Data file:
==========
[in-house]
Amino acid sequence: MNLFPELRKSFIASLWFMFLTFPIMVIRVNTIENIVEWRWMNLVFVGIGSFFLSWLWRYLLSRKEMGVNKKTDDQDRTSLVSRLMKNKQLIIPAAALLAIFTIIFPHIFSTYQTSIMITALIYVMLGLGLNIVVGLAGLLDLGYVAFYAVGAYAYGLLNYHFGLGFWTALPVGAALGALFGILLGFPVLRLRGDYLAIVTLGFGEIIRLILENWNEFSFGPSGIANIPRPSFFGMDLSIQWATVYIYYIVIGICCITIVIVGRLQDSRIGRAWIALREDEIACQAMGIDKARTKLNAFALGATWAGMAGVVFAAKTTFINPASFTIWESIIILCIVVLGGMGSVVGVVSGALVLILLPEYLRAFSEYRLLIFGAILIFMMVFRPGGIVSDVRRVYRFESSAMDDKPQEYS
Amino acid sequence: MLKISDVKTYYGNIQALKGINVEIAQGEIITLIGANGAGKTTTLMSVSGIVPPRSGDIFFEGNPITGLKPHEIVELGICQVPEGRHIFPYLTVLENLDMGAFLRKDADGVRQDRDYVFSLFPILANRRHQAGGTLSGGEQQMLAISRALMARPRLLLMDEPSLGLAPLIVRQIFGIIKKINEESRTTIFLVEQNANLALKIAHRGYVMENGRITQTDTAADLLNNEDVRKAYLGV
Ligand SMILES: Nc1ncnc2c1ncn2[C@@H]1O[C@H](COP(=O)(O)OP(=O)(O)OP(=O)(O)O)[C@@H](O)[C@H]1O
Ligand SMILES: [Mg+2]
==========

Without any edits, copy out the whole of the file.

[in-house]
Amino acid sequence: MNLFPELRKSFIASLWFMFLTFPIMVIRVNTIENIVEWRWMNLVFVGIGSFFLSWLWRYLLSRKEMGVNKKTDDQDRTSLVSRLMKNKQLIIPAAALLAIFTIIFPHIFSTYQTSIMITALIYVMLGLGLNIVVGLAGLLDLGYVAFYAVGAYAYGLLNYHFGLGFWTALPVGAALGALFGILLGFPVLRLRGDYLAIVTLGFGEIIRLILENWNEFSFGPSGIANIPRPSFFGMDLSIQWATVYIYYIVIGICCITIVIVGRLQDSRIGRAWIALREDEIACQAMGIDKARTKLNAFALGATWAGMAGVVFAAKTTFINPASFTIWESIIILCIVVLGGMGSVVGVVSGALVLILLPEYLRAFSEYRLLIFGAILIFMMVFRPGGIVSDVRRVYRFESSAMDDKPQEYS
Amino acid sequence: MLKISDVKTYYGNIQALKGINVEIAQGEIITLIGANGAGKTTTLMSVSGIVPPRSGDIFFEGNPITGLKPHEIVELGICQVPEGRHIFPYLTVLENLDMGAFLRKDADGVRQDRDYVFSLFPILANRRHQAGGTLSGGEQQMLAISRALMARPRLLLMDEPSLGLAPLIVRQIFGIIKKINEESRTTIFLVEQNANLALKIAHRGYVMENGRITQTDTAADLLNNEDVRKAYLGV
Ligand SMILES: Nc1ncnc2c1ncn2[C@@H]1O[C@H](COP(=O)(O)OP(=O)(O)OP(=O)(O)O)[C@@H](O)[C@H]1O
Ligand SMILES: [Mg+2]